Reverse of a coin of Philip the Arab for the millennium

The religious celebrations, which were accompanied by extremely elaborate gladiator fights , chariot races and animal fights , lasted for days . In order to be able to celebrate the big event properly, the population of Rome received generous monetary gifts from the emperor. The beginning of a new age was propagated, with a dynasty founded by Philip at its head.

Defeat and death

In the year of the celebration, usurpers in the provinces claimed the throne. Philip was said to be about to abdicate, but it is questionable whether this news is true. The revolts fizzled out, however, as their leaders were murdered, but the Goths and Karpen were encouraged to invade Moesia inferior (Lower Moesia ). Severianus was again overwhelmed with the defense, whereupon the emperor gave the senator Decius the supreme command over Moesia and Pannonia (Pannonia). He was able to restore order quickly, but in 249 his legions proclaimed him emperor. There was a very bloody decisive battle near Verona , which Philip lost despite his numerical superiority. In this battle he was killed; his son Philip Caesar was later slain by the Praetorians. Decius succeeded him as emperor.


Eusebius of Caesarea reports in his church history around 340 that Philip Arabs was the first Roman emperor who wanted to participate "as a Christian at the Easter vigil with the crowd in the prayers of the church [...] as a Christian," but that the bishop after the emperor had joined the penitents, allowed them to attend mass. However, according to the current state of research, this claim is completely implausible. The legend that Philip was a Christian probably originated in order to later distinguish the relatively tolerant emperor from Decius, who at the end of 249 issued a nationwide sacrifice that in fact led to violent persecution of Christians.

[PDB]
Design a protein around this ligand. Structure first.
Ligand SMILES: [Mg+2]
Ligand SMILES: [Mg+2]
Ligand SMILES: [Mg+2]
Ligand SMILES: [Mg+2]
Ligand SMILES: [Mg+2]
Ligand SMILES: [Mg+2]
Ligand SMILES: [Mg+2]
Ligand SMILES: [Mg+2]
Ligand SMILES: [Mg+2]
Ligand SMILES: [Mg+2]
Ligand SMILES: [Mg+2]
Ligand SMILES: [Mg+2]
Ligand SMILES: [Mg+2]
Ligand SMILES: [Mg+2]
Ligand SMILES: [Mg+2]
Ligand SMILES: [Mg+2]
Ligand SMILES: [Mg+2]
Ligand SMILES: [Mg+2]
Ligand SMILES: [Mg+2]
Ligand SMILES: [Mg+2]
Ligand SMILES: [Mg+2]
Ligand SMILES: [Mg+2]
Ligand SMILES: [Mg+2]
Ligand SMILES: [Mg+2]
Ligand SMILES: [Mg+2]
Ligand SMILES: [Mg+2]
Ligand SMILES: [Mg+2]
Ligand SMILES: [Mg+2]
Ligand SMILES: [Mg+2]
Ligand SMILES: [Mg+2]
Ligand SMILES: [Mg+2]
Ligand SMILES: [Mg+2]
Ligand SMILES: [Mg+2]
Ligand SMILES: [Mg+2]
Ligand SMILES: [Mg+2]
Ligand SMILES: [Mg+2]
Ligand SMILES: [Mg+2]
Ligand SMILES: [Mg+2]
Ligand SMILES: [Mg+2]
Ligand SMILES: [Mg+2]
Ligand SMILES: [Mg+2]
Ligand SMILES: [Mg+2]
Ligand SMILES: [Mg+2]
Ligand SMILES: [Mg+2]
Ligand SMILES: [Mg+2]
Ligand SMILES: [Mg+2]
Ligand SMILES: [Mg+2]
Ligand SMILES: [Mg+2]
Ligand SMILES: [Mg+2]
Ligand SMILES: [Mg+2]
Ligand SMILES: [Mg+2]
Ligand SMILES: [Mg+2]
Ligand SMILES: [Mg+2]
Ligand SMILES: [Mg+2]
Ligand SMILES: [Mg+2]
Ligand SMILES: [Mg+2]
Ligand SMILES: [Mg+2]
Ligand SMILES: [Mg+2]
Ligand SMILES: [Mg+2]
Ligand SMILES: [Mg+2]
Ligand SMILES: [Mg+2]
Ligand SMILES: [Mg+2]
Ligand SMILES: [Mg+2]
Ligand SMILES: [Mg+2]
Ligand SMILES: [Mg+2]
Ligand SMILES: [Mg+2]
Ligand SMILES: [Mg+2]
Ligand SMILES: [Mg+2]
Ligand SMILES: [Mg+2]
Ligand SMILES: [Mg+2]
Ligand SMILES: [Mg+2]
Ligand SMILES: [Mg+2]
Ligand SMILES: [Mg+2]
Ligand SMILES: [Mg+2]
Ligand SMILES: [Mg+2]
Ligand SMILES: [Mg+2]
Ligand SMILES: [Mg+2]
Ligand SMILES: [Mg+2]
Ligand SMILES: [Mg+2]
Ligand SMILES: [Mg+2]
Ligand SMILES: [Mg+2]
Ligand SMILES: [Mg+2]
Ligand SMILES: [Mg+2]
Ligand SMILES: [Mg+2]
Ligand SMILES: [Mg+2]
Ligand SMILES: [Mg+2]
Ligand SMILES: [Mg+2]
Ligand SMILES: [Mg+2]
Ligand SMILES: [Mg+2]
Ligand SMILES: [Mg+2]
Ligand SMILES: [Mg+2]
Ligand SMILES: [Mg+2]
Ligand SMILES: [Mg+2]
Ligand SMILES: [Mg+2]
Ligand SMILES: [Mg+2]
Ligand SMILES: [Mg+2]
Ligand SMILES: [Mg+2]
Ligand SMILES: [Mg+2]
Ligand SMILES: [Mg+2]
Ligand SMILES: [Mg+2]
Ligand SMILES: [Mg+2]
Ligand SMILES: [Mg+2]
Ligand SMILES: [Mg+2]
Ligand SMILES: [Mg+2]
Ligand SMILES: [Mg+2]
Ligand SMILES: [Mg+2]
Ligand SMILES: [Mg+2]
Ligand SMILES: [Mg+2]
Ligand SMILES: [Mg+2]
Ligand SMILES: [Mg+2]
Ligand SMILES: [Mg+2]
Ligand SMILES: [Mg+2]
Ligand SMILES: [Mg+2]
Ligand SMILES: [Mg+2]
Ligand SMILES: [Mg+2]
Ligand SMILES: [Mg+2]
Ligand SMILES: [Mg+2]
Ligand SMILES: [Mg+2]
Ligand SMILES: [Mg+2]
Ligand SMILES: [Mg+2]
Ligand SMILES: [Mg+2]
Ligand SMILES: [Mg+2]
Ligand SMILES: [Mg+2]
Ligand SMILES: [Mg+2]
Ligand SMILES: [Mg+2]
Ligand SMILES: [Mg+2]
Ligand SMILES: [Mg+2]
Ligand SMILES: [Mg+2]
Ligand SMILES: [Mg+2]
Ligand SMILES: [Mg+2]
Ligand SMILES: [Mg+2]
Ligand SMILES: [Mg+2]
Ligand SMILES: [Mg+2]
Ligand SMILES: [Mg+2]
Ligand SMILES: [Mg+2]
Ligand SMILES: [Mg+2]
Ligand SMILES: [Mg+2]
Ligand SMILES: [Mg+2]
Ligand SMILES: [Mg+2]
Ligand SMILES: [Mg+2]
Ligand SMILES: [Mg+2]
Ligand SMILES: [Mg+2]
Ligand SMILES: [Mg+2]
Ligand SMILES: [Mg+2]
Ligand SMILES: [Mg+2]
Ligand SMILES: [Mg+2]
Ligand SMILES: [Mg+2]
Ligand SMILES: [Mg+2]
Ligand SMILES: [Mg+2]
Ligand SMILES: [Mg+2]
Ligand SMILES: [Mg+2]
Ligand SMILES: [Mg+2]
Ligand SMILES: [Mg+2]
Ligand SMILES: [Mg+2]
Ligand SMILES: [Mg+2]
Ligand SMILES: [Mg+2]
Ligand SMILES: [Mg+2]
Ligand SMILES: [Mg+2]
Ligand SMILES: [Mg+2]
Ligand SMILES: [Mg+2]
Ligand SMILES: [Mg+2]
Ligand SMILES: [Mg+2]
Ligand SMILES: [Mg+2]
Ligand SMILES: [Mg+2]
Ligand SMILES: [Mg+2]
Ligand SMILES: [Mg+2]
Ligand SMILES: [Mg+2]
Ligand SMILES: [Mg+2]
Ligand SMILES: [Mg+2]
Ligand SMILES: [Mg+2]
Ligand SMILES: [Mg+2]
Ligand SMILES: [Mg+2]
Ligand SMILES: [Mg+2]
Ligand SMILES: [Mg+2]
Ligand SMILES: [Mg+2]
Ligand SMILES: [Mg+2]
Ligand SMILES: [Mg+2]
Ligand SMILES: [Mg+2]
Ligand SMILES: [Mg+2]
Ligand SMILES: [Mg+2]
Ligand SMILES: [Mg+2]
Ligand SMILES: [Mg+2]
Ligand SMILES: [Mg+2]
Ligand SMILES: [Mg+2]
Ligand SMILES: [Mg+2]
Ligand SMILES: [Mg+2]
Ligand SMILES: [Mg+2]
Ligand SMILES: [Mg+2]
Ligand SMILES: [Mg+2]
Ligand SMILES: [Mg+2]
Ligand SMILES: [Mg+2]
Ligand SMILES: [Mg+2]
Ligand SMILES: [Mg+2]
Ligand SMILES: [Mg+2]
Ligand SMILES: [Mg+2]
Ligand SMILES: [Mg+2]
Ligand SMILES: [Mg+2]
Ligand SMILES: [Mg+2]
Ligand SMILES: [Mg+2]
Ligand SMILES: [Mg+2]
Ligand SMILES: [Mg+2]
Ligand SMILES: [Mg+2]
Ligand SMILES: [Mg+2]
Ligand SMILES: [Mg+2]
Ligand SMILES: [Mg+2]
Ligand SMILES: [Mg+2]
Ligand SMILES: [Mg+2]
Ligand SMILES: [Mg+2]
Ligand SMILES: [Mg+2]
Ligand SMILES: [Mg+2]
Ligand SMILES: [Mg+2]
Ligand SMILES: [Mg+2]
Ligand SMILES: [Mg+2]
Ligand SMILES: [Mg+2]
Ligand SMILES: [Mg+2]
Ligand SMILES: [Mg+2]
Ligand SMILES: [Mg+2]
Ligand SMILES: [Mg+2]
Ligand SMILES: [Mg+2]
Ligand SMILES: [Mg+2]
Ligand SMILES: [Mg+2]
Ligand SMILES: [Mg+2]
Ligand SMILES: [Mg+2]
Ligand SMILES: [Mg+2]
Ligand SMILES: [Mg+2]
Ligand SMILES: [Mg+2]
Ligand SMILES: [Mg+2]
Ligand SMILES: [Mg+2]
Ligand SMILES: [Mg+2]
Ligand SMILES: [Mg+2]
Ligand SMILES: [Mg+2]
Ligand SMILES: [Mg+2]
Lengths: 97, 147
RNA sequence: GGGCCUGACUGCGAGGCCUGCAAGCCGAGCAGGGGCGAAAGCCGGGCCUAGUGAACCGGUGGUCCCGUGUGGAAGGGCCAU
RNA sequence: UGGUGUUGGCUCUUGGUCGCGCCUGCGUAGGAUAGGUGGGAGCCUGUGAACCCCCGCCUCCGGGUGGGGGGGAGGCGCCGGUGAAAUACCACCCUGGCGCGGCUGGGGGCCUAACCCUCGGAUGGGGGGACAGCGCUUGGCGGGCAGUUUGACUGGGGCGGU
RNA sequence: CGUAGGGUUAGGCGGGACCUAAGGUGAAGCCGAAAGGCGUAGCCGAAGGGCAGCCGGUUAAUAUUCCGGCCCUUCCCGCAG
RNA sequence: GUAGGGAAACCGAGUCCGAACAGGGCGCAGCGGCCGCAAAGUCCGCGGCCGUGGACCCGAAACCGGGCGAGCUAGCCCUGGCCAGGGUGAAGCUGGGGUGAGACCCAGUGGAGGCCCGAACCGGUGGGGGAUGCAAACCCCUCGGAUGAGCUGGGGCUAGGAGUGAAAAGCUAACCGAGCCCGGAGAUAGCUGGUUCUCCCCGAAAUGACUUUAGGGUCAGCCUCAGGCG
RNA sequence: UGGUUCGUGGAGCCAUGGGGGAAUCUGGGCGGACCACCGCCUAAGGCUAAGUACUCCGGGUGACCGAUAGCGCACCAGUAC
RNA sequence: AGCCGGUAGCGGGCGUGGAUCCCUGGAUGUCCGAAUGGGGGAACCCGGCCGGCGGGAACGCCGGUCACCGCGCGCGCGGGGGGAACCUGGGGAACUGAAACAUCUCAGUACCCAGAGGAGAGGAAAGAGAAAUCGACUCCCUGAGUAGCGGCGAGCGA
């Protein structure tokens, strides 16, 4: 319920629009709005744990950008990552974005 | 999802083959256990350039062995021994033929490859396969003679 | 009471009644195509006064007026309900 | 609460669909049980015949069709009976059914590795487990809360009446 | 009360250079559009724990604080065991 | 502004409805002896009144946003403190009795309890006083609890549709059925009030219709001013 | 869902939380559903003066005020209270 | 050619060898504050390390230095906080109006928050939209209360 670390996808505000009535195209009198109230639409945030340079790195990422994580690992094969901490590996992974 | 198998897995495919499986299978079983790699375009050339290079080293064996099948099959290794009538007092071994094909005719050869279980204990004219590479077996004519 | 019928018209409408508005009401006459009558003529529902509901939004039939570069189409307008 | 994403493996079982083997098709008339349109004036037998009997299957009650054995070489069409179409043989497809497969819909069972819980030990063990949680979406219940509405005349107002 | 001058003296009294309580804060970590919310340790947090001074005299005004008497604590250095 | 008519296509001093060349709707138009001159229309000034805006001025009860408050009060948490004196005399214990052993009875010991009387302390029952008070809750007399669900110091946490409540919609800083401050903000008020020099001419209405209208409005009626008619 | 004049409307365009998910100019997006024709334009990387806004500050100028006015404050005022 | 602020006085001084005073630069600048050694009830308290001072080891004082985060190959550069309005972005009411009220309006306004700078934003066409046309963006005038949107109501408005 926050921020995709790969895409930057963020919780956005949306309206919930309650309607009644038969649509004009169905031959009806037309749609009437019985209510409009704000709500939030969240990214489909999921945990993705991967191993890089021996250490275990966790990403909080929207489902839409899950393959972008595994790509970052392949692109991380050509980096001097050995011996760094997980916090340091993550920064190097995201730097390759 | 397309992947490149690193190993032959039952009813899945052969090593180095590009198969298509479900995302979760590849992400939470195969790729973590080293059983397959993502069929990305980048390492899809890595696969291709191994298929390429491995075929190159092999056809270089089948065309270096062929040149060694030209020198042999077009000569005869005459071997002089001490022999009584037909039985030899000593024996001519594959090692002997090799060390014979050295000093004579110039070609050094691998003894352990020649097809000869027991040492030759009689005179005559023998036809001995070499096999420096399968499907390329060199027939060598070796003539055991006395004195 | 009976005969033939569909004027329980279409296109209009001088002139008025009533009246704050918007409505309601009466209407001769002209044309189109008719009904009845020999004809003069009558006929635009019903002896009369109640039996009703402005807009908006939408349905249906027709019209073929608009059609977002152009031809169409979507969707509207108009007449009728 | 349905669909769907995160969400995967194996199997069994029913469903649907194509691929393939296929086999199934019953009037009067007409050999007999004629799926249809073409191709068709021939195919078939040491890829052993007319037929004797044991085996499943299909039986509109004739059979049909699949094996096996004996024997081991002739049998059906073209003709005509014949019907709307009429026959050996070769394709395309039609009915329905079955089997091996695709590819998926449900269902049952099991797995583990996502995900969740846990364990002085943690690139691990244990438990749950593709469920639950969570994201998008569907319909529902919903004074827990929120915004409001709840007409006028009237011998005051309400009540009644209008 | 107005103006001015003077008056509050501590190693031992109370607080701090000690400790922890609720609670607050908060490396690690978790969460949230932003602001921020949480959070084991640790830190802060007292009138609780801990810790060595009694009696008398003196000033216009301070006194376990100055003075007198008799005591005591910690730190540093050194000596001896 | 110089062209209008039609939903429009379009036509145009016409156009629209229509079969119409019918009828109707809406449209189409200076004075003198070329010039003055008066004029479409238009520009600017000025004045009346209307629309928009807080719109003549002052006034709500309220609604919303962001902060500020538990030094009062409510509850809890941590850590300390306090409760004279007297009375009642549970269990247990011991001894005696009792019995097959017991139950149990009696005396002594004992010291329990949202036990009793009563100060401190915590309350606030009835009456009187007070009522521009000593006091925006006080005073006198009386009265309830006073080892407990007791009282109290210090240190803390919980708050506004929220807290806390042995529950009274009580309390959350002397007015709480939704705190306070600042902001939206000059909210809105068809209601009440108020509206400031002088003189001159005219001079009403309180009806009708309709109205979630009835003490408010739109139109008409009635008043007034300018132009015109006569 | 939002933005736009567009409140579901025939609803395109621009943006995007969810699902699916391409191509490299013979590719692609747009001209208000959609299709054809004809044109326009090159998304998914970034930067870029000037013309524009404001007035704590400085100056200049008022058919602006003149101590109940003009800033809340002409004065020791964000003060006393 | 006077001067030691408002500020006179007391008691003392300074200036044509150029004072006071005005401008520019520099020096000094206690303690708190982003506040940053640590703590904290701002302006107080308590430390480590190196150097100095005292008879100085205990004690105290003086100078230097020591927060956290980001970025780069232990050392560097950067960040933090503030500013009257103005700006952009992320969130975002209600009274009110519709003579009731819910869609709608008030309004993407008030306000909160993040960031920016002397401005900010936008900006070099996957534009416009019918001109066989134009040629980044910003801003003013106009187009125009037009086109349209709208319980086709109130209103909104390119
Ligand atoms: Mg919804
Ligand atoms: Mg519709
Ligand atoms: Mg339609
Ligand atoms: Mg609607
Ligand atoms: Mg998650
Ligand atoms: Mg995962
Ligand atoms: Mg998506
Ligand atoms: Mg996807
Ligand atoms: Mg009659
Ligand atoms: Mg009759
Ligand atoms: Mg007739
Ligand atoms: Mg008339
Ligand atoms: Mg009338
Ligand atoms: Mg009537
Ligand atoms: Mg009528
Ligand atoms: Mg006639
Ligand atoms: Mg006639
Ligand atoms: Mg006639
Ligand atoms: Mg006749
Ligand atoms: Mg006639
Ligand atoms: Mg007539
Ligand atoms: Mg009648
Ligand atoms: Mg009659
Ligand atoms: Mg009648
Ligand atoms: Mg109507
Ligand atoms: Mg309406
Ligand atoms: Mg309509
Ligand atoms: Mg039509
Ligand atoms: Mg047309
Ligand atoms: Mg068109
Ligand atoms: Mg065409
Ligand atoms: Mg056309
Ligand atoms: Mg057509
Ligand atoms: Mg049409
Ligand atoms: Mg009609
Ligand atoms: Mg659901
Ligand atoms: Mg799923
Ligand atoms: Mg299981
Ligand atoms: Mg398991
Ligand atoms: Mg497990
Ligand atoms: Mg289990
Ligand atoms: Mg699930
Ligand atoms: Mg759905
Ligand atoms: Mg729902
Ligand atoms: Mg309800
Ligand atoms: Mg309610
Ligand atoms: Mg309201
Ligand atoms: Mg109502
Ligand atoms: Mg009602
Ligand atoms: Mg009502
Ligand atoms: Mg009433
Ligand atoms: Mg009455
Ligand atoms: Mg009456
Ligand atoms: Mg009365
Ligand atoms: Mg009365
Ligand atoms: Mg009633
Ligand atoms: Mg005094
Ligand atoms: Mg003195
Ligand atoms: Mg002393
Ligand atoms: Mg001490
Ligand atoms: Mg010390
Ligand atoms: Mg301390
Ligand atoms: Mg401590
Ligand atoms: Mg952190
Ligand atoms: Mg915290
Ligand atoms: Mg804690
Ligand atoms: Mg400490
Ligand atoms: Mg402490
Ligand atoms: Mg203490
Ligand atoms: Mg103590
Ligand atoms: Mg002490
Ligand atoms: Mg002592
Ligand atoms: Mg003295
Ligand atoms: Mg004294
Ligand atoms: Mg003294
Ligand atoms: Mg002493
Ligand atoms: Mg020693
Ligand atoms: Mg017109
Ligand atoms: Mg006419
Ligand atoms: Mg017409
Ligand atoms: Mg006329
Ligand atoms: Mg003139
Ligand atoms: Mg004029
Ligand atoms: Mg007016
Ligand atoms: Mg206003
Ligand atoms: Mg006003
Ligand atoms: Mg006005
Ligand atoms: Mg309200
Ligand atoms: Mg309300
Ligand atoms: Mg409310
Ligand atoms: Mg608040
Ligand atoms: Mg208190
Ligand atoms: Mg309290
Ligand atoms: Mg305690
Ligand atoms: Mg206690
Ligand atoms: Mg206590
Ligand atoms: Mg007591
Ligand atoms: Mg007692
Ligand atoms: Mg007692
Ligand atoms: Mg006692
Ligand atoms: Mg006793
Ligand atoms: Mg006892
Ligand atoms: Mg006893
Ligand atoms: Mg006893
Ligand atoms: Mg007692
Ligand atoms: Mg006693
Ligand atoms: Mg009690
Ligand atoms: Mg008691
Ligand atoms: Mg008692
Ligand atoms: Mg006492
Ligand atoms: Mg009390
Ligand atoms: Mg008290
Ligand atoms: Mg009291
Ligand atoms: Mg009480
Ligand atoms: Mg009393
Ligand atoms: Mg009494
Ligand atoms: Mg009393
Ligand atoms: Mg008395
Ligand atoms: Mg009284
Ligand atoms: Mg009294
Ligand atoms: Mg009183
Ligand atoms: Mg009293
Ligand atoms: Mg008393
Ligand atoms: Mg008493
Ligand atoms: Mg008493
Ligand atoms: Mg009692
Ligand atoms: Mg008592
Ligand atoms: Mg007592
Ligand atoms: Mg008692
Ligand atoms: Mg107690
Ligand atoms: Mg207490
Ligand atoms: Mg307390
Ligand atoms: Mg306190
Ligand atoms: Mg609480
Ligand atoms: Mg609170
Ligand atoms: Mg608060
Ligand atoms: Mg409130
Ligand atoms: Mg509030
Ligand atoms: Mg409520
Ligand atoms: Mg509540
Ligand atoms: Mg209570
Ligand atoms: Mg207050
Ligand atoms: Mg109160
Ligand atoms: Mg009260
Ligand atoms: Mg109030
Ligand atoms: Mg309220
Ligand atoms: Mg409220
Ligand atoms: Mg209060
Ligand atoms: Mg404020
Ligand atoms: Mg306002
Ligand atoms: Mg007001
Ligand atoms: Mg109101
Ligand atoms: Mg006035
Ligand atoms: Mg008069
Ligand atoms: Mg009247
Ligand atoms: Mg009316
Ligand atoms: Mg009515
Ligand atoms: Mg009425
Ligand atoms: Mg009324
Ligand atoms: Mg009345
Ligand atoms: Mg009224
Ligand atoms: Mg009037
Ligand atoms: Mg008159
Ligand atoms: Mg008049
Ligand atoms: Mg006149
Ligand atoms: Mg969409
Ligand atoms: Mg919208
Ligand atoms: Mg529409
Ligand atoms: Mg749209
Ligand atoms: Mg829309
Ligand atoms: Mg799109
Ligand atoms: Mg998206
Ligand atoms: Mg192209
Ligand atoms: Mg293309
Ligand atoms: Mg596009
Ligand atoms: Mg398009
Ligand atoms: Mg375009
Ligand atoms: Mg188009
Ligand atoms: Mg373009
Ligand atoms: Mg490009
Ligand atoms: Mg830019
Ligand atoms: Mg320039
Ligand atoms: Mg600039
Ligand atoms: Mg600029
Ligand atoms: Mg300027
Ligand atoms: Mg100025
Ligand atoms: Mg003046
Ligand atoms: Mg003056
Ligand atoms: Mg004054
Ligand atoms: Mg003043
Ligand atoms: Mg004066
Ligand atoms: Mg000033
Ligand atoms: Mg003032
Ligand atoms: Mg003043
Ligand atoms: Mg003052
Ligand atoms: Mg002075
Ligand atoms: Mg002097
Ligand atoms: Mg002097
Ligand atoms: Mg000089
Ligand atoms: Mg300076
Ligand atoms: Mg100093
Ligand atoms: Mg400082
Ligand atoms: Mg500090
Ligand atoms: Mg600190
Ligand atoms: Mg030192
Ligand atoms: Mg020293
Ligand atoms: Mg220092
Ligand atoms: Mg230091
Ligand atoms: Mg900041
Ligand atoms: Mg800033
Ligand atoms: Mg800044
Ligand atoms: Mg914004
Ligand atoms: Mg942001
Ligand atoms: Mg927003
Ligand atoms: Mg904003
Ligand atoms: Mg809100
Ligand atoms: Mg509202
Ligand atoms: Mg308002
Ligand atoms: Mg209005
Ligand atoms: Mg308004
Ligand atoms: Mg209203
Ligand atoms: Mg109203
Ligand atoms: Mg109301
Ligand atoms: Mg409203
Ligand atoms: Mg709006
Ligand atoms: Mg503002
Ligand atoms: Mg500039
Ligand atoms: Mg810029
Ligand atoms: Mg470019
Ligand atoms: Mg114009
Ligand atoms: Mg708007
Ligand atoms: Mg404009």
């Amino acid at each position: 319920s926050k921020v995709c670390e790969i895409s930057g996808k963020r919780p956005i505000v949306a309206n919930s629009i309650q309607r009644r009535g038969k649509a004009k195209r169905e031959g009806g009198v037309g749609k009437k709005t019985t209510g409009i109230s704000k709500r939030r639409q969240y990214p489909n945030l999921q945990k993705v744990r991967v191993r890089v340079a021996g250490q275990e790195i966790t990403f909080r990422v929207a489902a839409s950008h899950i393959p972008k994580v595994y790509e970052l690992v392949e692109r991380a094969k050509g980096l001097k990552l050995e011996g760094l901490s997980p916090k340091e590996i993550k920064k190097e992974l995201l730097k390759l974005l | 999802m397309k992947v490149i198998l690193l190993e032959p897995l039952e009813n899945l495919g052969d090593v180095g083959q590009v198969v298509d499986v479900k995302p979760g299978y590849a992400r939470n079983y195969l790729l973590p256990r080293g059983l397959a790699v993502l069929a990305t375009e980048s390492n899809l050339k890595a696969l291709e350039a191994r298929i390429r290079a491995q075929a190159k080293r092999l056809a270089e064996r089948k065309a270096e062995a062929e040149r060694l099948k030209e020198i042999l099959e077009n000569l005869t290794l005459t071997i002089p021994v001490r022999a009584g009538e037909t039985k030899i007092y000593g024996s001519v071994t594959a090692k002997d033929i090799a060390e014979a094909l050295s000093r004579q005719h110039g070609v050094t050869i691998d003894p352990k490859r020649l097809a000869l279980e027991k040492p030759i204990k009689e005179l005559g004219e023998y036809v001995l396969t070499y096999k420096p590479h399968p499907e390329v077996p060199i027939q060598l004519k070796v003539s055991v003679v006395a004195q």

Overview representations


  • Christian Körner: Philippus Arabs. A soldier emperor in the tradition of the Antonine-Severan principate (= studies of ancient literature and history 61). Berlin et al. 2002, ISBN 3-11-017205-4 ( review by H-Soz-u-Kult )
  • Xavier Loriot: Chronologie du règne de Philippe l'Arabe (244−249 après JC) . In: Rise and Fall of the Roman World , Volume II 2. De Gruyter, Berlin 1975, ISBN 3-11-004971-6 , pp. 788–797
  • Michael Peachin: Roman Imperial Titulature and Chronology, AD 235-284 . Gieben, Amsterdam 1990, ISBN 90-5063-034-0 , pp. 30f., 62–66 (discussion of the chronology) and 198–238 (compilation of evidence in numismatic, inscribed and narrative sources)

Web links

Commons : Philippus Arabs  - Album with pictures, videos and audio files


  1. Cf. general description in Körner, pp. 75ff., Who, unlike many other researchers, blames Philip for the death of the emperor.
  2. Eusebius 6:34.
  3. Klaus Martin Girardet: Christian emperors before Konstantin the Elder. Gr.? . In: Klaus Martin Girardet: The Constantinian Turn , Darmstadt 2006, p. 13ff .; Brigitte Klein: Tranquillina, Otacilia, Etruscilla, Salonina: four empresses of the 3rd century AD . Dissertation, Saarbrücken 1998, p. 138f.
predecessor Office successor
Gordian III. Roman emperor